A large Wellington suburb is on the verge of becoming completely predator-free.
It's New Zealand's biggest urban eradication project and part of a plan to create the world's first predator-free capital city.
Gearing up to find the last handful of resilient rats left on Miramar Peninsula is community group Predator Free Wellington.
About 80 cameras on the peninsula help find rat hot spots and after more than a year of work, and nearly 10,000 traps and bait stations, the team is getting close to complete eradication.
John Hambridge from Predator Free Wellington says catching the rats requires creativity when it comes to bait.
"Our own little concoction, old fashioned dripping mixed with some almonds."
While the team was unsuccessful in their efforts today, not many rats have escaped.
"We're massively excited to get to this point, we've poured our heart and soul into this project. We really want to deliver it for Miramar and Wellington," John says.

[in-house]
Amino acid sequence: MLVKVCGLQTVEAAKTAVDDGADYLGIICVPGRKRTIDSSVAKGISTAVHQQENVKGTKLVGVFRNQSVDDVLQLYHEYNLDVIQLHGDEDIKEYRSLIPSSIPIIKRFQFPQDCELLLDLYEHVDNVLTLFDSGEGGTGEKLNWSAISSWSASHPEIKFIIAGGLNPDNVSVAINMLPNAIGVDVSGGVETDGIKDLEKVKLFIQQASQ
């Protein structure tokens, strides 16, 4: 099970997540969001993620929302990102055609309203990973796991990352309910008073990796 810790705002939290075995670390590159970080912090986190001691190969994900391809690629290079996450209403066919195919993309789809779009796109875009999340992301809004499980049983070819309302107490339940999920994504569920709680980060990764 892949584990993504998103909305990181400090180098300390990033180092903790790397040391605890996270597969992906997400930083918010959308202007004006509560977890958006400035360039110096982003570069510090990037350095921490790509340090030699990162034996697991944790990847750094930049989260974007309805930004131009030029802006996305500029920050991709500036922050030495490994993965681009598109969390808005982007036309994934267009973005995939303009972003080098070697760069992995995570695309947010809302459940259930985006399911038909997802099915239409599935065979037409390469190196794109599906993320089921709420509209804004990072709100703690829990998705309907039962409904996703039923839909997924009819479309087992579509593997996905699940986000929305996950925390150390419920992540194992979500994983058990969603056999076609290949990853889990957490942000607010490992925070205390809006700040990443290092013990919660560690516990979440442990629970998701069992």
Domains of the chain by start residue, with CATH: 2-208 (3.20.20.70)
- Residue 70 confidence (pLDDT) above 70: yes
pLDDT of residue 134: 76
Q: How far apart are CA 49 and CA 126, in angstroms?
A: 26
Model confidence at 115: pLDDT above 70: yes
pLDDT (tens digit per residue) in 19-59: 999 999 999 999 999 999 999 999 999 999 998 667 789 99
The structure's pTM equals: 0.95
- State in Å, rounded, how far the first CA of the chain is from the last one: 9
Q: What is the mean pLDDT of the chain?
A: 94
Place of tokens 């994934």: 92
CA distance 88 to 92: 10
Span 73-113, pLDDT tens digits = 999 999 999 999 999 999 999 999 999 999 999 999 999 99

Last month the government pumped $7.6million into Predator Free Wellington to fast track this project.
It'll mean thousands more of these trap and bait stations in Wellingtonians back yards, and instead of a physical fence to keep predators out, it's a virtual barrier.
"So traps, a lot of them are fitted with electronic nodes that tell us when they go off. If something does come in we'll pick it up pretty quickly," John says.
Phase two starts next month, with a five-year goal of no rats, stoats, possums, or weasels in the 30,000 hectare Wellington City area.
All in hopes that the rest of the city will pitch in to help crackdown on predators.